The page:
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Discussion Starter #1
Last year I replaced all the seals and bushings when I dropped my diff to replace a leaking input shaft seal. Huge PITA, but learned a lot.

I was meticulous about the job, did tons of research, made sure everything fit back in place cleanly.

Wondering though if another blown input seal[0] was the result of something inside of the diff that was vibrating, causing this damage? Or maybe I just got sloppy?

Is there a bearing in there that I missed? I looked at the exploded view of the diff in TIS[1], but it doesn't show anything inside of the diff, and I don't remember when I had it out, if there was also a bearing in there. There has to be, right? Could the bearing be spun, causing vibration, leading to this seal being compromised? Maybe I just got slippy and didn't set the seal properly. TIS doesn't show any of the internals, but there are pinion and ring sets for sale out there, which leads me to believe that there's other parts I should have paid more attention to, while doing this.

Drinking a beer in the garage figuring out a plan but in the mean time, just wanted to see if anyone had any.... "input".... on this.

Thanks!
-dant




[0] RealOEM.com - Part Search
[1] RealOEM.com - Online BMW Parts Catalog
 

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Discussion Starter #2
Also, note that last year I also replaced the prop bearing (the one on the transmission end) and the flex disc. I haven't noticed any vibrations anywhere; in fact everything immediately felt wonderfully tight, and that's continued to be the case since the work.
 

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Hmmm. I'd do two things. First, I'd put a dial caliper on the input to the rear diff and measure if it turns out of round. Second, I'd probably have the entire driveshaft balanced. I believe that they are balanced as full unit, including the input flange on the rear diff.
 

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Discussion Starter #5
Ahh, that's a great idea. I'll throw a dial indicator on it and see if it's off. As part of the previous work I did split the driveshaft to put in a new centering sleeve. I was meticulously careful about putting it back together because I was paranoid about maintaining the balance. I even stamped the input flange and the DS to mate them together in the right spot, but who knows, maybe I was off by a tooth or two? I'll drop the whole line and take it to get balanced.

Good stuff, thank you.
 

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Discussion Starter #7
No, I don't believe that to be the case. As part of the work last year, all three were replaced. Being that they were totally shot, I got a good feel for what it's like when they're blown. Whevetever may be causing this is too insignificant to cause a noticable vibration but I'm still betting something is off enough to blow that seal.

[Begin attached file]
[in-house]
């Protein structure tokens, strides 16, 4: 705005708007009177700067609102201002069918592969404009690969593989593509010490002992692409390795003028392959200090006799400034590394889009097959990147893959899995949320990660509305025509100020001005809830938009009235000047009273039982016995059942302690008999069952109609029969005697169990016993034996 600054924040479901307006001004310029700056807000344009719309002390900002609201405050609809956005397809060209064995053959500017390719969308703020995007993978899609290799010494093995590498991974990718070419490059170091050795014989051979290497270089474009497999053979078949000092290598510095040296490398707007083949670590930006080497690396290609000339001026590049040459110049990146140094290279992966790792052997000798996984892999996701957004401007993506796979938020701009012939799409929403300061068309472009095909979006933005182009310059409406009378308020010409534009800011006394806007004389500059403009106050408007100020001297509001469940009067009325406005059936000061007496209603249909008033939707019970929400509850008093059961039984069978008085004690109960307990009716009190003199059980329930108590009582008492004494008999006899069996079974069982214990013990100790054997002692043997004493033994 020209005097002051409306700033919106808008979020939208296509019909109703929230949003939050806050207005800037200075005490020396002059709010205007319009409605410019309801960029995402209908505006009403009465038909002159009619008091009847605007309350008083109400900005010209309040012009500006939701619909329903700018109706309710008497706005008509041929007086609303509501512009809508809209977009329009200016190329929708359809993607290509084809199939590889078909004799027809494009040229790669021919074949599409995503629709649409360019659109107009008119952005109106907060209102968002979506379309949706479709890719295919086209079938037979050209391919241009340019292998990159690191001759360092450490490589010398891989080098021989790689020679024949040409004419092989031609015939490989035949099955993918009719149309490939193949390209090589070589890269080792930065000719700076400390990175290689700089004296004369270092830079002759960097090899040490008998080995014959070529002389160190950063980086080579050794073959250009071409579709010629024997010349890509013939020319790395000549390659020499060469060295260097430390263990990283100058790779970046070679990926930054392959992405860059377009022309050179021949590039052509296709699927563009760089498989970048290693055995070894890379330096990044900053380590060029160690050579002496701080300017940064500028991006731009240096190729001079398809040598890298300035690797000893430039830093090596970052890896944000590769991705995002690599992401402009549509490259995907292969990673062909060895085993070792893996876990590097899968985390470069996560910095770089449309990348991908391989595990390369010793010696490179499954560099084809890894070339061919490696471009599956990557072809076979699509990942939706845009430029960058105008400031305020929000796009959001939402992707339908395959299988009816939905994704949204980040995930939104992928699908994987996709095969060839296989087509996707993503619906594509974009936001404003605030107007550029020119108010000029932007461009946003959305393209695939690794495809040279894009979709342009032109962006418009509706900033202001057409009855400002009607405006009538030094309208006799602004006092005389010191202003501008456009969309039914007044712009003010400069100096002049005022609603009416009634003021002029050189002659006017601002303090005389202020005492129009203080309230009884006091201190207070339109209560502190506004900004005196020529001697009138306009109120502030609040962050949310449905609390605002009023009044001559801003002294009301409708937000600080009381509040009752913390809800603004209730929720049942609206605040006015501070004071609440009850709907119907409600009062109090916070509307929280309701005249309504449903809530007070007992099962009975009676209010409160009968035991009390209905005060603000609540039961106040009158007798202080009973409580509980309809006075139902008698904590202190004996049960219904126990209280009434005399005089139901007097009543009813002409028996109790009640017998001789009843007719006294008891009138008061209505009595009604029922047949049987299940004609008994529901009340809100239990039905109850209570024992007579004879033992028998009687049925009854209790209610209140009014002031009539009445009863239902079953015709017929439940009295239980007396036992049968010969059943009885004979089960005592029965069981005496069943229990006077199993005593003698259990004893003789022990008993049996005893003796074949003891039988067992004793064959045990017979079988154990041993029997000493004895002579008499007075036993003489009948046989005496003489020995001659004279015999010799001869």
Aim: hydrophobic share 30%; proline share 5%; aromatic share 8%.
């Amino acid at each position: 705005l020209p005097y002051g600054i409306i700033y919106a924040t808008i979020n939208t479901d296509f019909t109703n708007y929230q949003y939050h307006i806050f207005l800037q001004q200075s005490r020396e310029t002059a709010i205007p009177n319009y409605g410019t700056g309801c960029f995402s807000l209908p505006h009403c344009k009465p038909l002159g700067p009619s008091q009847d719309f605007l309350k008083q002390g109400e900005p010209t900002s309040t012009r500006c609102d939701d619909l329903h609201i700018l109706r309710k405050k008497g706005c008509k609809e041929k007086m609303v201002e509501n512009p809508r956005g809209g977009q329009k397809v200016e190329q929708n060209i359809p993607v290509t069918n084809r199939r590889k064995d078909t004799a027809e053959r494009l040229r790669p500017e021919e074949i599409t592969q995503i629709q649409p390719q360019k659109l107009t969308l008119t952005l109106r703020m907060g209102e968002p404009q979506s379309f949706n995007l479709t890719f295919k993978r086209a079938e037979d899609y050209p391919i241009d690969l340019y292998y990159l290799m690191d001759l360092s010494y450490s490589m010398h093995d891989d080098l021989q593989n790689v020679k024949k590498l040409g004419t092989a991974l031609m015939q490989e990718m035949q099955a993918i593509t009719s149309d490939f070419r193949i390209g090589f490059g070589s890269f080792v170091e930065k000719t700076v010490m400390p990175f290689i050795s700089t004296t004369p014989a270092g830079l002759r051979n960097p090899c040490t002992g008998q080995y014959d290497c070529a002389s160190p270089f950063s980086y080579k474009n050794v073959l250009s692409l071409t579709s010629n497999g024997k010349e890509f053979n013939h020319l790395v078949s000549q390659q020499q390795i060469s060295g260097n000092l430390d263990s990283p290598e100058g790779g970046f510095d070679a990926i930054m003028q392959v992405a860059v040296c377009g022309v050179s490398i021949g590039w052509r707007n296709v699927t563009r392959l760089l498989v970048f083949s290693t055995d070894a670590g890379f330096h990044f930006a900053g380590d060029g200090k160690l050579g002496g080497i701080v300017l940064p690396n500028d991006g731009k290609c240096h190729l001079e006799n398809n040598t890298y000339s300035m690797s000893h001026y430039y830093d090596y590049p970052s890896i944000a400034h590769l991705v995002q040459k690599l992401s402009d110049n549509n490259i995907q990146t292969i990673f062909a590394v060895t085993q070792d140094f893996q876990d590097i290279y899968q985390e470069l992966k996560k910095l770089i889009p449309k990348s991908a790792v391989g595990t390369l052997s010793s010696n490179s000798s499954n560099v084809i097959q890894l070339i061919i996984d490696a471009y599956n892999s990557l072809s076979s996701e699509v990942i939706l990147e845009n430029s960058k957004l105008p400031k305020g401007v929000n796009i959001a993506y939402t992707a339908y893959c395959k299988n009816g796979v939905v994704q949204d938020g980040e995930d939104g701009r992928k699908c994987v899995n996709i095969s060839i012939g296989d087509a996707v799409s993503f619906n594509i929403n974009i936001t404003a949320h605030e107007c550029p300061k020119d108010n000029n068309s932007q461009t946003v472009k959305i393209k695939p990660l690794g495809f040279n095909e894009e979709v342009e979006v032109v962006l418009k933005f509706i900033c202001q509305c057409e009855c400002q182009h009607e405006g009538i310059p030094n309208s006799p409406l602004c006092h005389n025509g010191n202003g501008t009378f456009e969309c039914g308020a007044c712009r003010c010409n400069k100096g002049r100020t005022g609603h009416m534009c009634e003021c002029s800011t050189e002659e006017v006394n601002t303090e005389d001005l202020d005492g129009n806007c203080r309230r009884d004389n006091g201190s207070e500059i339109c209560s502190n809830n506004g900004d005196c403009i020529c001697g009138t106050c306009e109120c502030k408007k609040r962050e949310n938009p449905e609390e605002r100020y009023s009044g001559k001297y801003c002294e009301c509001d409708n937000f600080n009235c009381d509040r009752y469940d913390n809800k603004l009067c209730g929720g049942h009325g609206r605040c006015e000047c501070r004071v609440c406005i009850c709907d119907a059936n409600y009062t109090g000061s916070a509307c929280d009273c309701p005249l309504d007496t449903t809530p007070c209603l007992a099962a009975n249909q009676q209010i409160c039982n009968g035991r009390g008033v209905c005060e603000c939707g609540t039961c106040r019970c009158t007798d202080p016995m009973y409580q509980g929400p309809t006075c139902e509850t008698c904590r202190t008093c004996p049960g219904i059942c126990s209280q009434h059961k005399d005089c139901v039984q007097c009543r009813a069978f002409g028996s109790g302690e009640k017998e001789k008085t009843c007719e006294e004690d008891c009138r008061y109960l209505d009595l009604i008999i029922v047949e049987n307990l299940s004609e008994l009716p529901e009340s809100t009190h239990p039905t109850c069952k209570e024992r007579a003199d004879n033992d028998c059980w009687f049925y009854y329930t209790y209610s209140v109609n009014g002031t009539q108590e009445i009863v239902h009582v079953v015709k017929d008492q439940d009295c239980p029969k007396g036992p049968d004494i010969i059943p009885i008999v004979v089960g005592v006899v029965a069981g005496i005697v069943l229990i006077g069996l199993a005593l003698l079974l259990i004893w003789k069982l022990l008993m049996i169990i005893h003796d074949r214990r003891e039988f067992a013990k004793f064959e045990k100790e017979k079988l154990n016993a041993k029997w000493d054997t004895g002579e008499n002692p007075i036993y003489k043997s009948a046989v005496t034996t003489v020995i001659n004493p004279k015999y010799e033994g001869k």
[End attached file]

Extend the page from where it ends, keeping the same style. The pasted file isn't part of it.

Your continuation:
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The factory seal is EPDM which is not the best for oil service. You could get an aftermarket Nitrile seal for 1/4 the cost and give it a try? With all of the bearings on a fix trans and diff it is doubtful that it would be a problem.
 

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Discussion Starter #9
Revisiting this, sorry for the delay.

Got all my parts in anticipating just to replace the seal but there's some highly suspect gunk stuck to the magnetic diff drain plug. It's very fine, not sheared, but definitely ferrous.

I'm thinking one or more of the diff bearings are blown.

If the pinion bearing is to blame here, that would have ill effects more than what I suspected the transmission and engine mounts to cause, right?

Looks like they sell aftermarket bearing replacement kits. Easy enough, break old ones out and press new ones in. But i'm worried about the crush sleeve and setting the proper load on it. I don't think I'm equipped for that, unless there's an intuitive way of setting it?

I found a nice list[0] of E39 bearings and a crush sleeve (suggested to get two, in case you mangle it on the first try), but I'm not finding such a list for the E60. I know these are internal parts not meant for outside of dealer service but, it is what it is. Trying to prepare for next steps if these bearings are in fact to blame.

Thanks!
-dant



[0] DIY: - A differential story, pics inside
 

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The crush seal is not terrible. The hardest part is getting a bar long enough to crush the sleeve. There will be a spec for backlash that can be measured with a dial indicator. My guess would be .006-.008". As far as the bearings go you will hear them long before they fail. The downside is you may chew up your gears that way.
 

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Discussion Starter #11
Ahh see, even then, it would be guessing at best :)

I'm going to take it in and have the pros go over it. If I don't do that, I'll always be second-guessing the work I did or worse, it would just blow up.

It's been fun learning about diffs, though!
 
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